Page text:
By Arno Maierbrugger/Gulf Times Correspondent /Bangkok
After leading a rather shadowy existence in comparison to the phenomenal asset growth of Islamic banking and finance in the past years, the Islamic insurance, or takaful, industry, is expected to get into gear thanks to consolidation and regulatory improvement in some countries and the higher readiness in Muslim nations for risk coverage. The December 2017 acquisition of Al Hilal Takaful by Takaful Emarat in the UAE, a deal that created the largest takaful group in the country for life, health and general takaful for individual and corporate customers measured by gross written contributions of combined around $245mn, has also attracted international attention for the market potential of Islamic insurance, but also the obvious necessity for consolidation and modernisation in the industry.
The UAE is a good example: Currently, there are no less than 34 domestic and 27 foreign conventional and Islamic insurance companies touting for a customer pool of just 10.5mn people in the country. According to Fareed Lutfi, secretary general of the Emirates Insurance Association and the Gulf Insurance Federation, most of the Islamic insurers face difficulties to keep pace with the speed of digital transformation in the finance and insurance industry and need to adapt, ideally by pooling their strengths. Takaful Emarat managing director Mohammad al-Hawari said that one of the priorities after the merger will be to come up with a combined digital platform to provide more efficient and cost-effective services for insurance clients.
In another move, one of the world’s largest insurance companies, Allianz Group, in October last year increased its stake in its Saudi Arabian takaful joint-venture with Banque Saudi Fransi, Allianz Saudi Fransi Cooperative Insurance Company, by 18.5% to a majority of 51% to “underline its commitment” to the Saudi takaful market, the world’s largest by gross written contributions, and develop a number of new products for private and corporate customers, according to Hicham Raissi, head of business division for Africa, India and the Mena region for Allianz Group.
But like in the UAE, Saudi Arabia’s insurance market remains largely fragmented, with 33 listed takaful operators competing against each other. Ahmed Alkholifey, governor of the Saudi Arabian Monetary Authority, said that he does not believe that all of them are “capable of surviving in their current condition” and that the market needed “more consolidation and foreign input to help create solid companies.”
A recent report by the Deloitte Middle East Islamic Finance Knowledge Center outlined the key challenges for takaful operators to break into the mainstream and build mass coverage globally. Among those are the need for improved governance, capital adequacy, training and leadership, new business models and product innovation, strategic planning and emphasis on target markets, as well as improved technological capabilities.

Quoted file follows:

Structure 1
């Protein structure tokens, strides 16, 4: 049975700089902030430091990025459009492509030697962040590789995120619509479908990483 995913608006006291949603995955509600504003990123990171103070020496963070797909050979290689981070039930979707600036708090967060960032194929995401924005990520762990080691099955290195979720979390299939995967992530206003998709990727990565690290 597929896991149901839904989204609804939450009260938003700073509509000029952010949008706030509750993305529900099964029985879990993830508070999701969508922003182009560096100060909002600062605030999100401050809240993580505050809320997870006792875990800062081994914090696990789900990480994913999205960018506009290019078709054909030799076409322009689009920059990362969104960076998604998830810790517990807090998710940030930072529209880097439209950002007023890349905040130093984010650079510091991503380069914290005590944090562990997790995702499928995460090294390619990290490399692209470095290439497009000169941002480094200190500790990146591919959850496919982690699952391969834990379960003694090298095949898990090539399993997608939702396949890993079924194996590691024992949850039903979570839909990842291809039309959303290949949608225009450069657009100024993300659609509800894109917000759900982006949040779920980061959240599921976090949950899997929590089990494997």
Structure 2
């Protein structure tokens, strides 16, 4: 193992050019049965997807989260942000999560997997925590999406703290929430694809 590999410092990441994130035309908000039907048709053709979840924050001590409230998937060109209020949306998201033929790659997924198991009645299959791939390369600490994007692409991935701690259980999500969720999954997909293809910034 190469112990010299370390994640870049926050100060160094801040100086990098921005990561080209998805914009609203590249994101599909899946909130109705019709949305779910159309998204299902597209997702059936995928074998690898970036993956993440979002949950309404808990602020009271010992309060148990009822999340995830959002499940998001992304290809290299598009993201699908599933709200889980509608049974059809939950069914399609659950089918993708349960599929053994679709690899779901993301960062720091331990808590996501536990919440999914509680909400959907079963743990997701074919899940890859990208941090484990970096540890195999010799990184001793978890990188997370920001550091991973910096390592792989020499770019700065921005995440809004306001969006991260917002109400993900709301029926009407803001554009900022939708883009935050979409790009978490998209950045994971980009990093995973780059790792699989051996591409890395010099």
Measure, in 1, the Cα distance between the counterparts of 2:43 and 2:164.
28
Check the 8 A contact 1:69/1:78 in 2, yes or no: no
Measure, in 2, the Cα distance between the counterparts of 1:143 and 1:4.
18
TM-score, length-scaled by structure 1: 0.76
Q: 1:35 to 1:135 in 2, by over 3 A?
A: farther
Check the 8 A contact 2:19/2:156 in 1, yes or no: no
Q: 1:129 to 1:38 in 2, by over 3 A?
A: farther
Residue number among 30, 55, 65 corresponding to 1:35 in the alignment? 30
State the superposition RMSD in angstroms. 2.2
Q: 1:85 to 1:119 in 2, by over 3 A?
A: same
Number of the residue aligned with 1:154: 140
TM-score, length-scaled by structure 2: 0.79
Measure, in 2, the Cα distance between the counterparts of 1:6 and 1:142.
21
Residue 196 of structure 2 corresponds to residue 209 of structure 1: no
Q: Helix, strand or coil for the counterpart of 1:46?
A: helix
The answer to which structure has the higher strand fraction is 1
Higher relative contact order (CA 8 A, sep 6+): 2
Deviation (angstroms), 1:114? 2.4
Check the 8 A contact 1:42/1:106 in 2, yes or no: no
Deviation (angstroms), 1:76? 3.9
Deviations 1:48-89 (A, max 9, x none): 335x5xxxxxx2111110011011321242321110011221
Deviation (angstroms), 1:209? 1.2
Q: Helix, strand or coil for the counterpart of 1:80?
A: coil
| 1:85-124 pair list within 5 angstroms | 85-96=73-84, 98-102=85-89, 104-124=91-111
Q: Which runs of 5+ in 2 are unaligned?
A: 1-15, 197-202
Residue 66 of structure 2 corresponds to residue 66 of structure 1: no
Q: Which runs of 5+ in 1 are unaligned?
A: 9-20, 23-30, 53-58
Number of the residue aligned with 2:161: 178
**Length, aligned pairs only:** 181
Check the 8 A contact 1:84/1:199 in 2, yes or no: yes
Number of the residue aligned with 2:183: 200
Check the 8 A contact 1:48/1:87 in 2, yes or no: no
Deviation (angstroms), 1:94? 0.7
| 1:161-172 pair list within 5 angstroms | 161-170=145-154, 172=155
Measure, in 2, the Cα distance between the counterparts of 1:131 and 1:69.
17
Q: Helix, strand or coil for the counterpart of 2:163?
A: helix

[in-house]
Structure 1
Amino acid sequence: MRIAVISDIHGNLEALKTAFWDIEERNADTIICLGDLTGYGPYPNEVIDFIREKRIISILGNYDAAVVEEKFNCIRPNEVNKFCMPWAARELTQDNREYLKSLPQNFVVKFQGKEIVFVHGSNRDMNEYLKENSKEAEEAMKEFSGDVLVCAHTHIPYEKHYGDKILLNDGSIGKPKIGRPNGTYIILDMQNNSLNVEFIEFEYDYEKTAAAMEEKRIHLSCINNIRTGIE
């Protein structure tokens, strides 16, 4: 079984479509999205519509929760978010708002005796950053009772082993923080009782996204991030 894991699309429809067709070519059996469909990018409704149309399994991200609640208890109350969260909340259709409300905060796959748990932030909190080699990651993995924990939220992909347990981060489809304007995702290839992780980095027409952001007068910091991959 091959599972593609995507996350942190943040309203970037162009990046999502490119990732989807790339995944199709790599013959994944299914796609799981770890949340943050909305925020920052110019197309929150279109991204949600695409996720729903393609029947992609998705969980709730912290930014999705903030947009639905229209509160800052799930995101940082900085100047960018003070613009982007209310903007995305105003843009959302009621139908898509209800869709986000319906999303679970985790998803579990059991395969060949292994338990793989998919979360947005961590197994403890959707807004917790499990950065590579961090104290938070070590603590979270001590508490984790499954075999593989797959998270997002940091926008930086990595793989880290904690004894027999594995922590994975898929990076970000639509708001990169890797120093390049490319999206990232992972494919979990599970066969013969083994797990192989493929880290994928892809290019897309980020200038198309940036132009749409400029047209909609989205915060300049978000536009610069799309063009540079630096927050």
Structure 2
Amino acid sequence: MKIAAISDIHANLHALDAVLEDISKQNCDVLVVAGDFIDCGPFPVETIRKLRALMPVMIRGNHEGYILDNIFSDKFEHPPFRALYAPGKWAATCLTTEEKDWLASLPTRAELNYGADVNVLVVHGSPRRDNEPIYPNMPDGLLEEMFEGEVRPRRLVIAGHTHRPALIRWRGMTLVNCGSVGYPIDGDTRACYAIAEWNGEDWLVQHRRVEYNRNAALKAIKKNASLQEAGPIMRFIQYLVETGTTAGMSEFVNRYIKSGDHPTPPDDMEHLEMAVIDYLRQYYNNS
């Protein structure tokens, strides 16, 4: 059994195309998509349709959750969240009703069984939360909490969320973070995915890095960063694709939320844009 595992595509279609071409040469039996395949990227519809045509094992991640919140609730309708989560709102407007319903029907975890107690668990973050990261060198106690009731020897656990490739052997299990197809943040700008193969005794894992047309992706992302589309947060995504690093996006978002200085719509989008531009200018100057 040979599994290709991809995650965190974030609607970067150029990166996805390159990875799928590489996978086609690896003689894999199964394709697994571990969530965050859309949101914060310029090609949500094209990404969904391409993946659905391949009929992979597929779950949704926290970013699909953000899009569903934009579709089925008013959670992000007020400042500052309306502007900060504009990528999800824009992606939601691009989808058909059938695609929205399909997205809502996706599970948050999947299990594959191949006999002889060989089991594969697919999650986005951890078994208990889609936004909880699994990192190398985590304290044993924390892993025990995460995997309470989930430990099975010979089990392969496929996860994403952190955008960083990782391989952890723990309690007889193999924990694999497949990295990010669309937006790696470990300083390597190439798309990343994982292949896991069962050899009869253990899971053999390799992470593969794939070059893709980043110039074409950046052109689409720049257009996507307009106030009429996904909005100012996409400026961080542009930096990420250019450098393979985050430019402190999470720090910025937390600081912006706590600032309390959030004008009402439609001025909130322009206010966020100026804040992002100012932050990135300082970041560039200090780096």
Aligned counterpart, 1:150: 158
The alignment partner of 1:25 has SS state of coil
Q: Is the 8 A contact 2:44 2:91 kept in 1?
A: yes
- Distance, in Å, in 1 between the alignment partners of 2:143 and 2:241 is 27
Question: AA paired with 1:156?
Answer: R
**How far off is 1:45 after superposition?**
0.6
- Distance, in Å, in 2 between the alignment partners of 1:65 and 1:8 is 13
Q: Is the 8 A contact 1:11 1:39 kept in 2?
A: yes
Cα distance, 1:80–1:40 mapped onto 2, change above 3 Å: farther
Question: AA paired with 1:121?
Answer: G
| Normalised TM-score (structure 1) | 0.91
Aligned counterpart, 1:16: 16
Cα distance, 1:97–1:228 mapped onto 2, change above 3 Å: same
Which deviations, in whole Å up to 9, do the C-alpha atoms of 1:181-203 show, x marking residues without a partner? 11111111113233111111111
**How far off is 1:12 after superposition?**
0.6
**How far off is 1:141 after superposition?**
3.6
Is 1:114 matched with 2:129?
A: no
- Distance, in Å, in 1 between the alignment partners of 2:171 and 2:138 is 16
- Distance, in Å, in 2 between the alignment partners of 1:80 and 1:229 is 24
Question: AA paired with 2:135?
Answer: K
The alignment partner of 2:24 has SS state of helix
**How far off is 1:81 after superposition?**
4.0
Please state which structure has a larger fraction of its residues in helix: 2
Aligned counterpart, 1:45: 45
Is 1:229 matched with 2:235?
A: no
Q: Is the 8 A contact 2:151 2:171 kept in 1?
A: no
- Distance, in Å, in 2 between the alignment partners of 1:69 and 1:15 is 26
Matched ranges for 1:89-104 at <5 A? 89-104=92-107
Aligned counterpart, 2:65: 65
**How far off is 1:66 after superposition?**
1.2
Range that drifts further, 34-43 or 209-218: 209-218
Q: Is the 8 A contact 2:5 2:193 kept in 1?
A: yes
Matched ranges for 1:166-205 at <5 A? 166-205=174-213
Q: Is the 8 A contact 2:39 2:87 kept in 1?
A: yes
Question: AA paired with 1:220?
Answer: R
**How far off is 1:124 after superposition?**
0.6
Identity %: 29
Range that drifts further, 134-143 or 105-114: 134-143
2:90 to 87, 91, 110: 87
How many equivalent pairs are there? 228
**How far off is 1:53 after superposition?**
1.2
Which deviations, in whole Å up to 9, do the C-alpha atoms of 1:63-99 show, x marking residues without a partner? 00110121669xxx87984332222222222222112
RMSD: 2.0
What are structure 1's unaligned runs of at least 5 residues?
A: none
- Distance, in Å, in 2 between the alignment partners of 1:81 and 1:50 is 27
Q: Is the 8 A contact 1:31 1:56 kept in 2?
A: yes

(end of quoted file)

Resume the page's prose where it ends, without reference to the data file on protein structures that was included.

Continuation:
To that end, the takaful market in Saudi Arabia and the UAE already saw regulatory changes such as the introduction of actuarial reserving which led to an increase in premiums and provided some financial respite for operators. Bahrain, Oman and Qatar also introduced new regulations specific to the takaful industry, while Kuwait’s new insurance law draft also provides for specific regulations for the sector.
Overall, the global takaful market had a volume of $14.9bn in gross written contributions as per latest available figures of 2015, according to the Global Takaful Report 2017 by US-based actuarial and consulting firm Milliman issued in July last year.
The Gulf Cooperation Council (GCC) was the largest market for the global takaful industry, representing around 77% or $11.5bn of the world’s takaful gross written contributions. Saudi Arabia held by far the largest share of $9.7bn. The markets in the other countries in the GCC were still relatively small with takaful premium volume of less than $1bn each, whereby the UAE was the second largest with around $700mn in gross written contributions.
The second-largest chunk of the global takaful market is mainly spread over Malaysia, Indonesia and Brunei with a combined global market share of 15% in premiums, and the small rest over Bangladesh, Pakistan, Turkey, Sri Lanka, Syria, Yemen, Jordan, Lebanon, Iran, Sudan, Egypt, Algeria and Tunisia. Specific takaful regulations have also been introduced in several African countries such as Kenya and Gambia, with Tanzania expecting to issue detailed takaful regulations in the near future, indicating the commitment to grow the industry by these African governments. Apart from that, there are a few takaful operators scattered over Europe, for example Noorassur in France, KT Bank in Germany, NDI Takaful & Retakaful in the UK and Solidarity Takafol in Luxembourg. Anticipating an average annual growth rate for the global takaful market of an estimated 13% like in previous years, premium volume would have reached around $19bn by the end of 2017.
The future potential of takaful in the GCC is certainly driven by the reduction of state benefits which increases demand for products such as life and health insurance. As family takaful is largely non-existent in the GCC, there are growth opportunities for this segment in the region, particularly given the lack of retirement-related Islamic insurance products. However, most experts see Africa – both North and Sub-Saharan– as the regions with the currently greatest growth potential for takaful, while there are many other new jurisdictions which have also introduced takaful specific guidelines in recent years, such as Indonesia and Turkey, to spur industry growth.
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